On July 27, 2012, Havoc told AllHipHop in an interview that the group is on an indefinite hiatus. According to HipHopDX, Mobb Deep had a falling out after Havoc blasted Prodigy on Twitter, and eventually, a sound clip leaked of him taking numerous shots at his former Mobb Deep partner during their concert at SXSW. At first, Havoc claimed that he was hacked. However, he later confirmed it was him and that he had originally denied it because he felt that Twitter was not a place to resolve a beef. He also stated that he had a diss track aimed at Prodigy in the making, "Same Shit Different Day". The song later turned out to be "Separated (Real from the Fake)," which appeared on Havoc's solo album 13.
However, in January 2013 Prodigy said that he is sure he would record with Havoc in the future. Mobb Deep appeared on Papoose's debut album The Nacirema Dream on the track "Aim, Shoot". They later reunited and performed for Paid Dues on March 30, 2013 and an international 20th-anniversary tour starting in May 2013. On March 22, 2013 the group officially reunited for an interview and explained that music is the most important thing in their lives and that they had been friends for too long to break up the friendship.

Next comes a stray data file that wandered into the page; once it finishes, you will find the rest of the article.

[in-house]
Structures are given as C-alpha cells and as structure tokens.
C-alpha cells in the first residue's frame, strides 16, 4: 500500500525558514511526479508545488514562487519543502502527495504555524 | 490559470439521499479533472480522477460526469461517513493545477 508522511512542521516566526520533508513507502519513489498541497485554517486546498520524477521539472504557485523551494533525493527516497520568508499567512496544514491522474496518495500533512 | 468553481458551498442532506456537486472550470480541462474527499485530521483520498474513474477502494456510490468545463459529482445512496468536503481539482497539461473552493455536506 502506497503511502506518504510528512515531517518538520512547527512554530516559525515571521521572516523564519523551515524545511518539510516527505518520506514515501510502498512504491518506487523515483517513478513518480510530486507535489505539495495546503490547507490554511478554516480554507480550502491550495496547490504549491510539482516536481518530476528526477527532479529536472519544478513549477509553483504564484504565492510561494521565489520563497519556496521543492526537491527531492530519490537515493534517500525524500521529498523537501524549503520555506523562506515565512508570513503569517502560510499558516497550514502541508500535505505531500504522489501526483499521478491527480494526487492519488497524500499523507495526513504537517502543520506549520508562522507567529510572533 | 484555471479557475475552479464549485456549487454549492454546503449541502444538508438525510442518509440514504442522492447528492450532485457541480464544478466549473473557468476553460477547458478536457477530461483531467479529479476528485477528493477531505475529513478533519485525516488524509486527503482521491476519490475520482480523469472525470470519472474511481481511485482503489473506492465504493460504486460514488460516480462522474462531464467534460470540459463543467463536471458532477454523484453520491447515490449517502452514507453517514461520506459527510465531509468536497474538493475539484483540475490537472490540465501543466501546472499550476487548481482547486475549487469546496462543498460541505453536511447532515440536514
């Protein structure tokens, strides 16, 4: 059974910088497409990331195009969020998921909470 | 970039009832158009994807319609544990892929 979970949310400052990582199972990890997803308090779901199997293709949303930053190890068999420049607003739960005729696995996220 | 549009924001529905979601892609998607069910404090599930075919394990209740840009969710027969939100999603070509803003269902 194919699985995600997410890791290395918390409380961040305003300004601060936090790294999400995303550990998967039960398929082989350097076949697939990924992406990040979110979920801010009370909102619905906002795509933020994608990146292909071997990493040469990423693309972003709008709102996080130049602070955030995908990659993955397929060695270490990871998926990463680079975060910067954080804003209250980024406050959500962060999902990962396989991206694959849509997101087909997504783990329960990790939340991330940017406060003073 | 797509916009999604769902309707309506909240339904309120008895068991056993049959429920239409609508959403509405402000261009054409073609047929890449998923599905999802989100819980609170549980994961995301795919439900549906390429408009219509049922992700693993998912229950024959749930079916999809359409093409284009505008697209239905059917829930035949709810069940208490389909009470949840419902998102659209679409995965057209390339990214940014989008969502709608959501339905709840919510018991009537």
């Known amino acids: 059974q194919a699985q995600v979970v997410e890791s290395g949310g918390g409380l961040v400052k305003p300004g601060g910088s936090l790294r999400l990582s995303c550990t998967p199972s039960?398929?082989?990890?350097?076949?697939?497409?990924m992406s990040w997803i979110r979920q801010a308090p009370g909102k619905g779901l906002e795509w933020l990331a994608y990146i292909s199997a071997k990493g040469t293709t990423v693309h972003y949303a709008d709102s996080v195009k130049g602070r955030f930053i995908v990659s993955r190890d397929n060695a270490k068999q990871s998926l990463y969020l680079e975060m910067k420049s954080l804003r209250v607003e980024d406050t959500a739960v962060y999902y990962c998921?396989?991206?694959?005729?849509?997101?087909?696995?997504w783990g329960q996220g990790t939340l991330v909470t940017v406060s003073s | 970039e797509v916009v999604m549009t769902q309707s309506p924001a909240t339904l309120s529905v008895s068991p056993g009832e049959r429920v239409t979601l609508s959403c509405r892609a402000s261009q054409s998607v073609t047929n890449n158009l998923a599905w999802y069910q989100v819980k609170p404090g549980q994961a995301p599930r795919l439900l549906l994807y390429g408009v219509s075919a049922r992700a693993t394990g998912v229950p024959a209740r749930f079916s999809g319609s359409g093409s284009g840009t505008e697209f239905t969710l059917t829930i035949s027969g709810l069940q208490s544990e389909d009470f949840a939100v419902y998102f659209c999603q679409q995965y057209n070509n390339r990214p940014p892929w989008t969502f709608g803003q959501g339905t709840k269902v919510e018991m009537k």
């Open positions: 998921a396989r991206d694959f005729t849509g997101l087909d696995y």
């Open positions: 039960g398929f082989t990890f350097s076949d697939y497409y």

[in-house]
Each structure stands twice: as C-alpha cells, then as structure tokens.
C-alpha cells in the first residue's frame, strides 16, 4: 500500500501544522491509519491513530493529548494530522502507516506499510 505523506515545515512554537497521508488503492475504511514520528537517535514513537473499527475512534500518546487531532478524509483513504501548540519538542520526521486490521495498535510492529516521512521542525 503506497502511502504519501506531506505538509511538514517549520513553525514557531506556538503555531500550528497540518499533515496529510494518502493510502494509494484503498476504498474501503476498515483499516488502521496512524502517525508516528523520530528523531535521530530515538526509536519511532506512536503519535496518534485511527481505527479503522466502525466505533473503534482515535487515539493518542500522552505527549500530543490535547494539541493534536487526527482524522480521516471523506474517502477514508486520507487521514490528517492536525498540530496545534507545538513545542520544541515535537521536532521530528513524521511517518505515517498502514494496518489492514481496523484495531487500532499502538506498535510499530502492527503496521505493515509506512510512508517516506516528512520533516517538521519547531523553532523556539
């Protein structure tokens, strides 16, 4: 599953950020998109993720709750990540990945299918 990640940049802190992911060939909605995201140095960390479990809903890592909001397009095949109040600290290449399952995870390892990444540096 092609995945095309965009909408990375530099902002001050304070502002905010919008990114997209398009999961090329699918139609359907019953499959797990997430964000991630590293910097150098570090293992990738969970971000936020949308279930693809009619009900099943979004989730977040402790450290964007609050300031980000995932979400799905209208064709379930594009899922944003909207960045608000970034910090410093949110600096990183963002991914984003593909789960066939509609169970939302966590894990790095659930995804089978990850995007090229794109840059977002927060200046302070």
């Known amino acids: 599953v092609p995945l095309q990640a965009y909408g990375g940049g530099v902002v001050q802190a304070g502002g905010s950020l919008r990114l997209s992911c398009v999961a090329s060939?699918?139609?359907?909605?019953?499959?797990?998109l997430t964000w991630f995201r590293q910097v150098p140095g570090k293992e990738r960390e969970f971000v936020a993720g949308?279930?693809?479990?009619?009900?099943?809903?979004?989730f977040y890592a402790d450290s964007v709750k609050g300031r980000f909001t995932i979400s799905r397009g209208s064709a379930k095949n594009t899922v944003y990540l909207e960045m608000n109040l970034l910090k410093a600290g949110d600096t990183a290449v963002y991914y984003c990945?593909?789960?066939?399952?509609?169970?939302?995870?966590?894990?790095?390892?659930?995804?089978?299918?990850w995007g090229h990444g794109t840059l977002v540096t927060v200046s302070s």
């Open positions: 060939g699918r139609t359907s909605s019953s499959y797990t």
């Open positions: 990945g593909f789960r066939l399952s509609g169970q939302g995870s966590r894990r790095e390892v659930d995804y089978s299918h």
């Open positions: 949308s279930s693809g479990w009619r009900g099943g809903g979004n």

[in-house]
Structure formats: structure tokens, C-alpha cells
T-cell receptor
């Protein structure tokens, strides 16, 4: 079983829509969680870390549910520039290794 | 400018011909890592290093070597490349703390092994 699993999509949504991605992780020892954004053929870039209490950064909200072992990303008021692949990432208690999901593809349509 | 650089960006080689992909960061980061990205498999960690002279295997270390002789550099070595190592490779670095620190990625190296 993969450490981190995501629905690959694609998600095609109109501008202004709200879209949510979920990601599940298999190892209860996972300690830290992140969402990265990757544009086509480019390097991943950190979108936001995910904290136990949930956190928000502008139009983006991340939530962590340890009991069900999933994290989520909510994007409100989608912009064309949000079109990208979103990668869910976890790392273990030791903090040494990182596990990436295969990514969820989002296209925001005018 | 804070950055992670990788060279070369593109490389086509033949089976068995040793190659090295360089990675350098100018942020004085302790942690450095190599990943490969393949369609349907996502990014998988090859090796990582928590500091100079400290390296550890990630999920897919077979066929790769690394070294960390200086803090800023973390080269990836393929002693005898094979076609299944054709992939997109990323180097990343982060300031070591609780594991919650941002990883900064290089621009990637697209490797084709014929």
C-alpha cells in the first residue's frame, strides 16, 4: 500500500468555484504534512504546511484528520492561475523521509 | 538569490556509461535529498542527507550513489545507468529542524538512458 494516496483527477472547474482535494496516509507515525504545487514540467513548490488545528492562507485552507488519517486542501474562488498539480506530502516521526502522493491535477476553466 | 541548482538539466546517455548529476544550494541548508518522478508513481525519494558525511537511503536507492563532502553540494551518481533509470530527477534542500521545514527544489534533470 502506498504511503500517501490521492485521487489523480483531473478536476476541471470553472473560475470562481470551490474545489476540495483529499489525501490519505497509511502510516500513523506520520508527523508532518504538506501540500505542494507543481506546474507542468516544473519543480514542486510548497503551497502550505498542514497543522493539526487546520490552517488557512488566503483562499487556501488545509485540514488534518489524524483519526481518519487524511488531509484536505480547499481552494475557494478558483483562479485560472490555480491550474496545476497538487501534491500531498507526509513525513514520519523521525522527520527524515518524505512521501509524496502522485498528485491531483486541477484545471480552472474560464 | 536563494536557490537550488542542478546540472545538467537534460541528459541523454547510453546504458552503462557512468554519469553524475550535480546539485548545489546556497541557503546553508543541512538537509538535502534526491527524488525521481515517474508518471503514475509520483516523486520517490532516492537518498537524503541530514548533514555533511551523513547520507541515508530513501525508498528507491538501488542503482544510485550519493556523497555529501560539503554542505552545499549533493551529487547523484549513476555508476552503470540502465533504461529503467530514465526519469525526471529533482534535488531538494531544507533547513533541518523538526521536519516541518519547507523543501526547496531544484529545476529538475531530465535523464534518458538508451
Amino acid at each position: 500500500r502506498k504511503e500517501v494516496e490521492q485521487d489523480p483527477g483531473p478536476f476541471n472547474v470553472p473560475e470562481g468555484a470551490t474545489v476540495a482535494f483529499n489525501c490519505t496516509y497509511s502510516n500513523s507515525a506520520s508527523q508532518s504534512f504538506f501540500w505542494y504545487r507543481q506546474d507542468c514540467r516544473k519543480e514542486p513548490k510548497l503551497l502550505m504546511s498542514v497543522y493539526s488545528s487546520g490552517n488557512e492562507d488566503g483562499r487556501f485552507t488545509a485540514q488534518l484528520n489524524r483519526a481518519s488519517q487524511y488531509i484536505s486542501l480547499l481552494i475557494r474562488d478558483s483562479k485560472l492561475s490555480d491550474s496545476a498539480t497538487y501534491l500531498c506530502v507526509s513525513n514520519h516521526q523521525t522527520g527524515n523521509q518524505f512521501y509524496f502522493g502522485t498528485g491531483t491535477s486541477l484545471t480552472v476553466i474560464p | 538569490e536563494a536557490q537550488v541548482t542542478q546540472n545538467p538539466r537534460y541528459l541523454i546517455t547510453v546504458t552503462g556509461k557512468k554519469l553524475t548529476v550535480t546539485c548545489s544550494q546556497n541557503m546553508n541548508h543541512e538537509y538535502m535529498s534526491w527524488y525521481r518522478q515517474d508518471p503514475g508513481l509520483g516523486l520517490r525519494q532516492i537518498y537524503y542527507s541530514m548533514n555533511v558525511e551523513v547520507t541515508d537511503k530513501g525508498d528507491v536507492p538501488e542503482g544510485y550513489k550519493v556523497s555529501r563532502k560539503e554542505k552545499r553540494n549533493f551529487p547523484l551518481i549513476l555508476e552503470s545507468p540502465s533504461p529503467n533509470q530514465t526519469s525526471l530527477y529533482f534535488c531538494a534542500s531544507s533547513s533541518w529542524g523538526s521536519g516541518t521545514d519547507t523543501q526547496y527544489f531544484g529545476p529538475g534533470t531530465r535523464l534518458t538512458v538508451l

Around the May 2013 release of Havoc's third studio album, 13 Havoc announced that he and Prodigy had been in the studio for over a month working on the duo's eighth studio album which was already "halfway done." He also stated that he will be doing the entire production on the album.
On April 1, 2014, the group released its eighth studio album, The Infamous Mobb Deep, a double album that included one CD with original new music and one with unreleased tracks from sessions from The Infamous.
Mobb Deep helped popularize the 1990s slang called the Dunn language, a term first recorded in the 1999 single "Quiet Storm", in which Prodigy raps: "you's a dick blower, [you] tryin' to speak the Dunn Language?/ "what's the drilly" with that though? "It aint bangin"/ you hooked on Mobb phonics, Infamous 'bonics."
The term "dunn" supposedly originated in the Queensbridge housing projects with an acquaintance of Prodigy's, Bumpy, whose speech impediment prevented him from pronouncing the letter "S", such as in "son". The impediment encouraged him to put the tongue on the two front teeth/palate, making a 'th' or a 'd' sound. Mobb Deep has attempted to claim ownership of this body of slang; additionally, they were going to release an album called The Dunn Language, in 2002, but the project was shelved, due to label issues.
- Allmusic biography